From RAGs to Riches. 10 Applications of vector search to… | by Jacob Marks, Ph.D. | Oct, 2023

10 Applications of vector search to deeply understand your data and models

Jacob Marks, Ph.D.
Towards Data Science
Artistic rendering of vector search for data exploration. Image generated by DALLE-3.

As large language models (LLMs) have eaten the world, vector search engines have tagged along for the ride. Vector databases form the foundation of the long-term memory systems for LLMs.

By efficiently finding relevant information to pass in as context to the language model, vector search engines can provide up-to-date information beyond the training cutoff and enhance the quality of the model’s output without fine-tuning. This process, commonly referred to as retrieval augmented generation (RAG), has thrust the once-esoteric algorithmic challenge of approximate nearest neighbor (ANN) search into the spotlight!

Amidst all of the commotion, one could be forgiven for thinking that vector search engines are inextricably linked to large language models. But there’s so much more to the story. Vector search has a plethora of powerful applications that go well beyond improving RAG for LLMs!

In this article, I will show you ten of my favorite uses of vector search for data understanding, data exploration, model interpretability and more.

Here are the applications we will cover, in roughly increasing order of complexity:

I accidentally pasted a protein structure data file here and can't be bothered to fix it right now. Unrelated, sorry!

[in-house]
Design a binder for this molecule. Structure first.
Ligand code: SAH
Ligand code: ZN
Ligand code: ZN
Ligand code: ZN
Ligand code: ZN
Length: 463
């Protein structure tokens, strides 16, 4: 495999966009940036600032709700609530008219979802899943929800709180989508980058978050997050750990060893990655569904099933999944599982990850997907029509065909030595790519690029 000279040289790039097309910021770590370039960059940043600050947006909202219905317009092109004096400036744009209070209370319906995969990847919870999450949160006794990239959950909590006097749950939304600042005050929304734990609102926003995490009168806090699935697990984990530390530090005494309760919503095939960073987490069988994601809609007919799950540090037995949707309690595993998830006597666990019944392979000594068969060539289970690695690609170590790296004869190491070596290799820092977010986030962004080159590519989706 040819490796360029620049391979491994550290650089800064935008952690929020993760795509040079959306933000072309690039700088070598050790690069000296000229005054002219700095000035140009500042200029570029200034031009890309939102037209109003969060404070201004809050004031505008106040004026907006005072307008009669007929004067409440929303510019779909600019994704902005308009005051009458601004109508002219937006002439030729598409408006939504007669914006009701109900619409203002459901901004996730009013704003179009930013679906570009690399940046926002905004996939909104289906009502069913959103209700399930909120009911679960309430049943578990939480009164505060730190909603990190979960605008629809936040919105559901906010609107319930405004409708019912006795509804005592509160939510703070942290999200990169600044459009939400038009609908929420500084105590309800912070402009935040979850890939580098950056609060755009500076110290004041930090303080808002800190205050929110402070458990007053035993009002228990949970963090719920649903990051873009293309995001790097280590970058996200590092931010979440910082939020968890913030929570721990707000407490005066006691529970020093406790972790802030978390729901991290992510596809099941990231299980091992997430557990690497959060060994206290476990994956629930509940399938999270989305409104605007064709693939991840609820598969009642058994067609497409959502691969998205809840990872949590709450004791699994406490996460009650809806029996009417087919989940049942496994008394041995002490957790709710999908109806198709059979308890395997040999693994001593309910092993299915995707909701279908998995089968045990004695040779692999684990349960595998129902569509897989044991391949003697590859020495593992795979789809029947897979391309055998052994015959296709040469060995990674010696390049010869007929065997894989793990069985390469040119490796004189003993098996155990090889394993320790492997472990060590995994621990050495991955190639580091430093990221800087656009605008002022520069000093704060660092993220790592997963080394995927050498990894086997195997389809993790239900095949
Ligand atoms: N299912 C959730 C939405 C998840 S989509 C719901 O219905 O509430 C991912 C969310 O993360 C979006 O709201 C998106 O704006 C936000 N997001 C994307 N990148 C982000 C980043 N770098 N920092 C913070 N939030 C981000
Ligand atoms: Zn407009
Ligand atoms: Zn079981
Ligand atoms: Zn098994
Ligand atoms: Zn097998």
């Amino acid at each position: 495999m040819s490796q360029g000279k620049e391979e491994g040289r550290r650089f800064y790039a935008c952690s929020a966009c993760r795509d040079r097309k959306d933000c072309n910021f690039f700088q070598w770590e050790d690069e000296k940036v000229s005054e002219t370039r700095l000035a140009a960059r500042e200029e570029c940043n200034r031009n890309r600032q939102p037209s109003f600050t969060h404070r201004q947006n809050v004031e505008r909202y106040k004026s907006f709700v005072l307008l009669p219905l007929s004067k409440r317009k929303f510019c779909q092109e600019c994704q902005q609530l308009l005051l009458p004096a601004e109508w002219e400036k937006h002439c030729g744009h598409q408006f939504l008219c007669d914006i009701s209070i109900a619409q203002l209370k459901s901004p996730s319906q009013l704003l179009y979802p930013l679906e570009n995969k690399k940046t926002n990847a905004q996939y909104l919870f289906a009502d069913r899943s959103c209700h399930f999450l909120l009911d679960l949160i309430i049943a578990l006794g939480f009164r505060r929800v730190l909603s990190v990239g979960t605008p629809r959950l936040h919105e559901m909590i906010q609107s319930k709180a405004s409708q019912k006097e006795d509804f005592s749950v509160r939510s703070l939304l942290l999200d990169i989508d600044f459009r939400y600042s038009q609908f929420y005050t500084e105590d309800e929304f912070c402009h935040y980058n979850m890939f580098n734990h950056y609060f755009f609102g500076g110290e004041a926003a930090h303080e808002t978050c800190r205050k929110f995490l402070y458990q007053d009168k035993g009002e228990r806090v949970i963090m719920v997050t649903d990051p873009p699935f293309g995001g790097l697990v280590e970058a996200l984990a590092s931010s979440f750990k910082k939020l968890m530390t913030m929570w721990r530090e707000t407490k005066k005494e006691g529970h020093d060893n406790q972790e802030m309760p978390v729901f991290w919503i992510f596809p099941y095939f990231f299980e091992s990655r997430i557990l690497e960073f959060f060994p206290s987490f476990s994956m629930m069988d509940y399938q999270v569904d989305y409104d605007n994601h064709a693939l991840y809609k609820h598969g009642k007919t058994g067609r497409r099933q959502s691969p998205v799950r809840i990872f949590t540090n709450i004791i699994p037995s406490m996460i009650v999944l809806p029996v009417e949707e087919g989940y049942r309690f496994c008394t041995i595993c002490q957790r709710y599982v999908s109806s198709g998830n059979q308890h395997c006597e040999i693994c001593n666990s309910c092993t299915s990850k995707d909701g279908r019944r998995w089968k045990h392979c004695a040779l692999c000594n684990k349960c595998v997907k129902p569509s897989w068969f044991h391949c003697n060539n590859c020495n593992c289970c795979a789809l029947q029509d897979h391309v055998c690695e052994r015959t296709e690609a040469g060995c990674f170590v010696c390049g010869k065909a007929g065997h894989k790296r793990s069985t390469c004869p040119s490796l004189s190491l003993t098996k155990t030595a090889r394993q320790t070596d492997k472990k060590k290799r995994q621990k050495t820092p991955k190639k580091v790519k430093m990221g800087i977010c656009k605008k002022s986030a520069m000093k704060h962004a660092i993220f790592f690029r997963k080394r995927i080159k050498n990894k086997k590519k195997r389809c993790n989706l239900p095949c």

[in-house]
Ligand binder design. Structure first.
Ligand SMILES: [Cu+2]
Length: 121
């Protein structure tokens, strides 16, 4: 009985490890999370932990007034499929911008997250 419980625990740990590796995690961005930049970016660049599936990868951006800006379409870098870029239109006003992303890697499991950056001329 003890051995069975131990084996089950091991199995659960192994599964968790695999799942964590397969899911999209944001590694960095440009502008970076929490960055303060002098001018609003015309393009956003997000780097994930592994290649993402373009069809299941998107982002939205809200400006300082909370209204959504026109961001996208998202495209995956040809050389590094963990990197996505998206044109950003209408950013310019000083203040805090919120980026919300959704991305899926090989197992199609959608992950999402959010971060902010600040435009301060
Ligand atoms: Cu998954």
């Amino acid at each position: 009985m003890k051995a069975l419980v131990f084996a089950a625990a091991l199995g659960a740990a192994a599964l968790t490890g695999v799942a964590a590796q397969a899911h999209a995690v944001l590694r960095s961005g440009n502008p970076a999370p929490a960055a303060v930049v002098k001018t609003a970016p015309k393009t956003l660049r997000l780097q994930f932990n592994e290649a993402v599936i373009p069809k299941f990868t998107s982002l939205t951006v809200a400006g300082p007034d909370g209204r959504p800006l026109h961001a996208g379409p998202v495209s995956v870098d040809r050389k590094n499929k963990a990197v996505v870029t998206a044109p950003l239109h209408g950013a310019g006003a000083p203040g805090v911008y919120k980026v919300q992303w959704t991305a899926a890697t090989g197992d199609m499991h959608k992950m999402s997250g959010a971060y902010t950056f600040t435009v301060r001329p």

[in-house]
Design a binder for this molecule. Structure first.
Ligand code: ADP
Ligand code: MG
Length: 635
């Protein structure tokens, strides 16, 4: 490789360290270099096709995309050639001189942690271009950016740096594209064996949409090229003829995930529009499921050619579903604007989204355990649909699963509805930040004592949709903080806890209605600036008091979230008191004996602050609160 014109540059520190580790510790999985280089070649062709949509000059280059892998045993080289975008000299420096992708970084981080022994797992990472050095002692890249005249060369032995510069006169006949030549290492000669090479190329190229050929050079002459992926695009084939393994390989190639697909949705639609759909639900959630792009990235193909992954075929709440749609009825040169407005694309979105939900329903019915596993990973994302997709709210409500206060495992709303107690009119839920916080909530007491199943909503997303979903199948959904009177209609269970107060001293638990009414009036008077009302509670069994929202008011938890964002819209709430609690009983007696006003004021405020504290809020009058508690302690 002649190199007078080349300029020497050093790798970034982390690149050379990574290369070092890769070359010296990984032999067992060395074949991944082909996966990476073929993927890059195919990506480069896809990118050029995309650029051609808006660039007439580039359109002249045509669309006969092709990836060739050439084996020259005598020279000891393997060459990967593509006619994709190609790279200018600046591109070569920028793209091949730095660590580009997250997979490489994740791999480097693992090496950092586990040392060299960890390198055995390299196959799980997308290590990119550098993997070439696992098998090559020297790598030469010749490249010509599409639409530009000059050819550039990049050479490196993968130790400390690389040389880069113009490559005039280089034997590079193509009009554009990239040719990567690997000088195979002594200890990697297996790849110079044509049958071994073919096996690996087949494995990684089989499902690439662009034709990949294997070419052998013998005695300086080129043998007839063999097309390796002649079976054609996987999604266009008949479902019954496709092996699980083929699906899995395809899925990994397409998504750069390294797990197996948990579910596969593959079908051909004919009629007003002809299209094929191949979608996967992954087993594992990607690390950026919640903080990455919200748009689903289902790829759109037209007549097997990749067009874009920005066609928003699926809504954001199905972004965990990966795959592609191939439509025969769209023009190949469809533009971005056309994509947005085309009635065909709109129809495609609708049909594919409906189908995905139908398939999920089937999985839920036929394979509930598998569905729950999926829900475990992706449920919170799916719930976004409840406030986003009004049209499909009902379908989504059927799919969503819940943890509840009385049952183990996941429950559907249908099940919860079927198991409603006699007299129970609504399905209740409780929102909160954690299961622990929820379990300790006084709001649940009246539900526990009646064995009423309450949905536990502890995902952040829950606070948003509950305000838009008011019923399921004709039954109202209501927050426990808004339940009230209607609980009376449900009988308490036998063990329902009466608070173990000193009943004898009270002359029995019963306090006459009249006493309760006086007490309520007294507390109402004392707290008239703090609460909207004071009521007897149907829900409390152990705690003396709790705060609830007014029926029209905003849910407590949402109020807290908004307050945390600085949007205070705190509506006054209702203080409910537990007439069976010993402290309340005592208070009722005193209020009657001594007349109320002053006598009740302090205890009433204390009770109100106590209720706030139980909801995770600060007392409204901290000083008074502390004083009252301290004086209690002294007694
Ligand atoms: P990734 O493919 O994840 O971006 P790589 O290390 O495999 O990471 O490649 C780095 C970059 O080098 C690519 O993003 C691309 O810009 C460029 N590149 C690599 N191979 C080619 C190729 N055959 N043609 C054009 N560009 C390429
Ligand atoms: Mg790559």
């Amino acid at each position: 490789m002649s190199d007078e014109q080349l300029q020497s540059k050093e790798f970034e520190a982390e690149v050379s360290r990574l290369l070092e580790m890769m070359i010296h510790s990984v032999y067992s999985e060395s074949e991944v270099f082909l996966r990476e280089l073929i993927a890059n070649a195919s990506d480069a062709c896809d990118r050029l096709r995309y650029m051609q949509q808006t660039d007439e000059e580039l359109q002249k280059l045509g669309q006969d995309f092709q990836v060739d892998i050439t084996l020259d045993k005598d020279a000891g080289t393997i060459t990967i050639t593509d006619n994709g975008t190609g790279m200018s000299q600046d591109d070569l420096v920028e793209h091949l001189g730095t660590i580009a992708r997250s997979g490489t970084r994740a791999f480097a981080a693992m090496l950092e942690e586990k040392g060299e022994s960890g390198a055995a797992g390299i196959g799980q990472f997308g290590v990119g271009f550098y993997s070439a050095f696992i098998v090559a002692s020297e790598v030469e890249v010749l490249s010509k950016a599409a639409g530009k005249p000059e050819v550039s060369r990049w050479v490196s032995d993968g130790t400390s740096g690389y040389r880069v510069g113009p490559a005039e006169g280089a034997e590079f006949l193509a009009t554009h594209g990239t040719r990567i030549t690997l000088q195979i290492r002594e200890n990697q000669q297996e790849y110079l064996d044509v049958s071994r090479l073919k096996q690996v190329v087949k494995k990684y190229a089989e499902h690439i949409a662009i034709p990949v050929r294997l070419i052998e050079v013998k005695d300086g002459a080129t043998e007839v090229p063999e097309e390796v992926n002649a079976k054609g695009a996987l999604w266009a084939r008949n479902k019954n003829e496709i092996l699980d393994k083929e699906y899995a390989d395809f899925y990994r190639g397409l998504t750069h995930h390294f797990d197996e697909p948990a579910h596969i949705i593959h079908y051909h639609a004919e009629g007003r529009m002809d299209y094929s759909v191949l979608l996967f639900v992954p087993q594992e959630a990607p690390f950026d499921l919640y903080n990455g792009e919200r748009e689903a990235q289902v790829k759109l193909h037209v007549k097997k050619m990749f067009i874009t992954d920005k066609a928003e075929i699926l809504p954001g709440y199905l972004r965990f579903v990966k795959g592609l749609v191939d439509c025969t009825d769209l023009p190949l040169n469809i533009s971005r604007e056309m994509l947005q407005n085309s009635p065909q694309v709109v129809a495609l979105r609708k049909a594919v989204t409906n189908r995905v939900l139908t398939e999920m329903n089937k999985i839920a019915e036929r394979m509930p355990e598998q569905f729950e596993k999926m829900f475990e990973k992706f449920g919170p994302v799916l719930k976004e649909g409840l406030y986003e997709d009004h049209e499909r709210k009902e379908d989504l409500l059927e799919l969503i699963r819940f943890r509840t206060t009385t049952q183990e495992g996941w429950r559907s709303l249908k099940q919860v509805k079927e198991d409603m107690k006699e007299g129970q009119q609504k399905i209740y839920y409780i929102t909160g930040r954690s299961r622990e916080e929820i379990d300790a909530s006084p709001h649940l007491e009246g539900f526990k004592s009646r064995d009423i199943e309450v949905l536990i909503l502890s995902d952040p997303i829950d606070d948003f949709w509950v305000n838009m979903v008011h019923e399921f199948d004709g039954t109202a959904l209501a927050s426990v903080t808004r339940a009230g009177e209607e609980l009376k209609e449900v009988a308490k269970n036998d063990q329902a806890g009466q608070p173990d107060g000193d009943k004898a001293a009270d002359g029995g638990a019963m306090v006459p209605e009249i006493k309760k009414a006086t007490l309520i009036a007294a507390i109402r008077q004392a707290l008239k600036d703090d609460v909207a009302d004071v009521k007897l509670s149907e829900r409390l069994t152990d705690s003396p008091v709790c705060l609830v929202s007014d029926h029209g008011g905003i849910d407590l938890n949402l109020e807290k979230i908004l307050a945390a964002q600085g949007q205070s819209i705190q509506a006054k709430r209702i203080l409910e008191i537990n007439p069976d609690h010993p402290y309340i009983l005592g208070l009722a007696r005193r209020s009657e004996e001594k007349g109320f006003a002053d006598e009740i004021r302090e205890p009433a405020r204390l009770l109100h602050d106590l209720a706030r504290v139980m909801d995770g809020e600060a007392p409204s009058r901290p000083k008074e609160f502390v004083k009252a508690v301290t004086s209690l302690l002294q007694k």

Image similarity search on images from the Oxford-IIIT Pet Dataset (LICENSE). Image courtesy of the author.

Perhaps the simplest place to start is image similarity search. In this task, you have a dataset consisting of images — this can be anything from a personal photo album to a massive repository of billions of images captured by thousands of distributed cameras over the course of years.

The setup is simple: compute embeddings for every image in this dataset, and generate a vector index out of these embedding vectors. After this initial batch of computation, no further inference is required. A great way to explore the structure of your dataset is to select an image from the dataset and query the vector index for the k nearest neighbors — the most similar images. This can provide an intuitive sense for how densely the space of images is populated around query images.

For more information and working code, see here.

Reverse image search on an image from Unsplash (courtesy Mladen Šćekić) against the Oxford-IIIT Pet Dataset. Image courtesy of the author.